Research Group
in Analytic Philosophy

Implicit biases: a challenge for accessibilism?

Date: 31 January 2018

Time: 15:00

Place: Seminari de Filosofia UB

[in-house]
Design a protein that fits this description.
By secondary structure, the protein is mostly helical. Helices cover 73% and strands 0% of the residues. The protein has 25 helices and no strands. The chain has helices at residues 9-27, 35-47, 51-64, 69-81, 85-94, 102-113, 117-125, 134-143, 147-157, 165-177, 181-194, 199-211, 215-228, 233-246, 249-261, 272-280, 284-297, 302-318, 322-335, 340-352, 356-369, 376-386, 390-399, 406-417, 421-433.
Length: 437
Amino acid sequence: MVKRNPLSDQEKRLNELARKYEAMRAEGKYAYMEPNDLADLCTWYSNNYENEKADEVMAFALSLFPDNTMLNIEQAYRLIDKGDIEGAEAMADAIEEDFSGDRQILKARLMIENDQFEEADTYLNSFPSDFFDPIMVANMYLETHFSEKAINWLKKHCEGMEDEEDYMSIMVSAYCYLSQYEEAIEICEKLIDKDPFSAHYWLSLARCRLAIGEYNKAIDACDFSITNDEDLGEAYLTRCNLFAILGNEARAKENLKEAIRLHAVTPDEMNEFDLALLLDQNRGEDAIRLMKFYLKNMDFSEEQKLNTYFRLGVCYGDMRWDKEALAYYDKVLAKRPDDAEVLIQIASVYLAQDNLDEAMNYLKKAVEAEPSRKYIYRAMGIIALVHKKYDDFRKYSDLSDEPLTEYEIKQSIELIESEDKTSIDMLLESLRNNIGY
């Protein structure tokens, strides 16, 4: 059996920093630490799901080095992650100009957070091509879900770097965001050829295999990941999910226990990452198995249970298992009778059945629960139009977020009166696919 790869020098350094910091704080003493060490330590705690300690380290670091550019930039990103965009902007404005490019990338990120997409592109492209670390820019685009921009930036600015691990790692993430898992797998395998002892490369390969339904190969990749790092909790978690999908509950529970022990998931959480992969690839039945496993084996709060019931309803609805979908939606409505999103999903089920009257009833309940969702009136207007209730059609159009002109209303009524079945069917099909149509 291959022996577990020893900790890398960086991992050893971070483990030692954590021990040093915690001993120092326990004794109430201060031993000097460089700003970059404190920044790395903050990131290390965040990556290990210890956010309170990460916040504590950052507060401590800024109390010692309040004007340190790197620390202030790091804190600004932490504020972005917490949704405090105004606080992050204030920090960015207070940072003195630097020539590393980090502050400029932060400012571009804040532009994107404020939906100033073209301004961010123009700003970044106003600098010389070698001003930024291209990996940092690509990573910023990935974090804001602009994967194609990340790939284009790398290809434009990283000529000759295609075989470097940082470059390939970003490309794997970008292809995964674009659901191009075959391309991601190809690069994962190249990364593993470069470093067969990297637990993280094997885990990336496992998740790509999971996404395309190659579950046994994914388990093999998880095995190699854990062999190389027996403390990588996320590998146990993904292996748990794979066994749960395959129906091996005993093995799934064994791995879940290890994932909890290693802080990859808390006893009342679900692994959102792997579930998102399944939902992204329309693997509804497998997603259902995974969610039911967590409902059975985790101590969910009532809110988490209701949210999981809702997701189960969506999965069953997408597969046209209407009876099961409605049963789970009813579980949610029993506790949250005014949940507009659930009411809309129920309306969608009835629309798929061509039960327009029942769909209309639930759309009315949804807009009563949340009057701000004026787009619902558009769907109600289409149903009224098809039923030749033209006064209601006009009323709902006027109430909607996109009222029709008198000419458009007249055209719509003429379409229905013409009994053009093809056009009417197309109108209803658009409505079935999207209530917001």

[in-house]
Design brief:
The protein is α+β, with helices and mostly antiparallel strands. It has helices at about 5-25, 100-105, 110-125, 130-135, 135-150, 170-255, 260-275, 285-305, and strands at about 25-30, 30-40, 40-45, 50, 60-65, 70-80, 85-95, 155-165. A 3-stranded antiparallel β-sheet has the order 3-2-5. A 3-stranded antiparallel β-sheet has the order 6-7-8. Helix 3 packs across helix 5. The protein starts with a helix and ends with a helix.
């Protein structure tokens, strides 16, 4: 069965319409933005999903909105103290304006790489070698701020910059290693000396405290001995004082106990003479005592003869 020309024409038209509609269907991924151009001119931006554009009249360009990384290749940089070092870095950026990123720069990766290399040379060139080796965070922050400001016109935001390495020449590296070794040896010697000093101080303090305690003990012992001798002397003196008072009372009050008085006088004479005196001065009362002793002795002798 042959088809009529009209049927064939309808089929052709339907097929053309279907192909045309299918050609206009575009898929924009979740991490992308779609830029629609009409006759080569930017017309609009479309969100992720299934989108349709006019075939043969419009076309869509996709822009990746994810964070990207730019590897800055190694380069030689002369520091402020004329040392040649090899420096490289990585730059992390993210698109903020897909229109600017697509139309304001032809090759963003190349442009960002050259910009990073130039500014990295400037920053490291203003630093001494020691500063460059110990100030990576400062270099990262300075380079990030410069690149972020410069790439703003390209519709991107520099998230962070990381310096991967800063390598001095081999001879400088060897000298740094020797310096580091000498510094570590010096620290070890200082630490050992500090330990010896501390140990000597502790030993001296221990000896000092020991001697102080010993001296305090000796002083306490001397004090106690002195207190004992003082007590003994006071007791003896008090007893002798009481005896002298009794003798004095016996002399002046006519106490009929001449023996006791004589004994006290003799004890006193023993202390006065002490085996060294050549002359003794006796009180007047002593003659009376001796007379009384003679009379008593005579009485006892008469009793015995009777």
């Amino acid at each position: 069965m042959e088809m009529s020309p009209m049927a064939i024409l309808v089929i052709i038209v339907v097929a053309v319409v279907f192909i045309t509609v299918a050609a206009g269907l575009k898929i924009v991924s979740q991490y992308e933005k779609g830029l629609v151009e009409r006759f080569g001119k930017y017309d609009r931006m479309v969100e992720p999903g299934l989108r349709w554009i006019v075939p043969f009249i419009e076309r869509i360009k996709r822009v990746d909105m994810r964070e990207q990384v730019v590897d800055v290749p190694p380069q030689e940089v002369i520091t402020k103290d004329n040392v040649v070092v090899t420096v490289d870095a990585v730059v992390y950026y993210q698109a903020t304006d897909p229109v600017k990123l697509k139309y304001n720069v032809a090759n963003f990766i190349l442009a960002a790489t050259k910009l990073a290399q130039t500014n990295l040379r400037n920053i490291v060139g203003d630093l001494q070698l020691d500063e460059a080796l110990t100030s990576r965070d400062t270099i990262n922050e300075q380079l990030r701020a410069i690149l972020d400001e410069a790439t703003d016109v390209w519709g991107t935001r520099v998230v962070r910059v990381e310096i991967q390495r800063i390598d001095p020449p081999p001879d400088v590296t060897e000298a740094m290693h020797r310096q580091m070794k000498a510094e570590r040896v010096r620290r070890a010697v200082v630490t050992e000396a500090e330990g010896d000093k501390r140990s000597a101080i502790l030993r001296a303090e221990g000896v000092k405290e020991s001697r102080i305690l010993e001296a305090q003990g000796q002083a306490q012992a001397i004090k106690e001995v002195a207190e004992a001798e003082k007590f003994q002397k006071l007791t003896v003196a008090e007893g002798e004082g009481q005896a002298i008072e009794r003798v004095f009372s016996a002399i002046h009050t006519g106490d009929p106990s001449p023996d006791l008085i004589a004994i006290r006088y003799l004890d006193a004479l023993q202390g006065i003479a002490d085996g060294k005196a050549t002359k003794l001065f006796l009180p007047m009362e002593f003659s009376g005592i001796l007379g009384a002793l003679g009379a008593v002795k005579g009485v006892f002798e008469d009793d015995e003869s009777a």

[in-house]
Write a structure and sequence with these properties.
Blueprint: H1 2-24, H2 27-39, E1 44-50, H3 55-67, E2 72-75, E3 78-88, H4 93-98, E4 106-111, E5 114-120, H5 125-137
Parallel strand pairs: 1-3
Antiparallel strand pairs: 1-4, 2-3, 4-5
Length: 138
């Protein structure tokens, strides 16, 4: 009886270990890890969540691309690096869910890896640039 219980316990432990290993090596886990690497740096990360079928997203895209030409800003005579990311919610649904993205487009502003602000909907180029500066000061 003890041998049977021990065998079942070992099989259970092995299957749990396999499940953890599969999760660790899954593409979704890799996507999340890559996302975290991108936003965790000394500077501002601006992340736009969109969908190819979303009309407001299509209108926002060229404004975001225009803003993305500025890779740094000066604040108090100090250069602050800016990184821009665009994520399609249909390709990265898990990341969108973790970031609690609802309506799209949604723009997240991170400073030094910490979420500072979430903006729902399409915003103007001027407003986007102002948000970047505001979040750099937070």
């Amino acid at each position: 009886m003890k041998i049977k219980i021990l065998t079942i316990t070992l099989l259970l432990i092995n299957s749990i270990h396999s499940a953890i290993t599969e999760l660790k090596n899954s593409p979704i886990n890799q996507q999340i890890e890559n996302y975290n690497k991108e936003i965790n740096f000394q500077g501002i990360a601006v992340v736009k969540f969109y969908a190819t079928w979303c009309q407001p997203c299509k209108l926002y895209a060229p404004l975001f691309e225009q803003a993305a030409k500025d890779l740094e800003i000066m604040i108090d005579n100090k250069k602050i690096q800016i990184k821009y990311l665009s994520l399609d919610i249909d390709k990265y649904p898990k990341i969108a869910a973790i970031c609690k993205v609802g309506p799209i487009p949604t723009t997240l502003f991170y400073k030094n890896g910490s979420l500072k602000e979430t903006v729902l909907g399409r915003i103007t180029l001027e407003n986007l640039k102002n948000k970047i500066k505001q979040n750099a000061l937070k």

It has recently been argued that beliefs formed on the basis of implicit biases pose a problem for accessibilism, since implicit biases are consciously inaccessible, yet they are relevant to epistemic justification. In this talk, I discuss the notion of accessibility required for this argument to work vis-à-vis recent empirical results suggesting that, while we may typically lack conscious access to the source of implicit attitudes and their impact on our beliefs and behaviour, we do have access to their content. Accessibilism, I argue, can meet the challenge posed by implicit biases in two different ways. The accessibilist can enrich the supervenience base for justification by including in such base facts that the subject is in a position to know. Alternatively, the accessibilist can appeal to a distinction between justificatorily relevant first- and second-order facts, and argue that while the former may be inaccessible, the latter need not.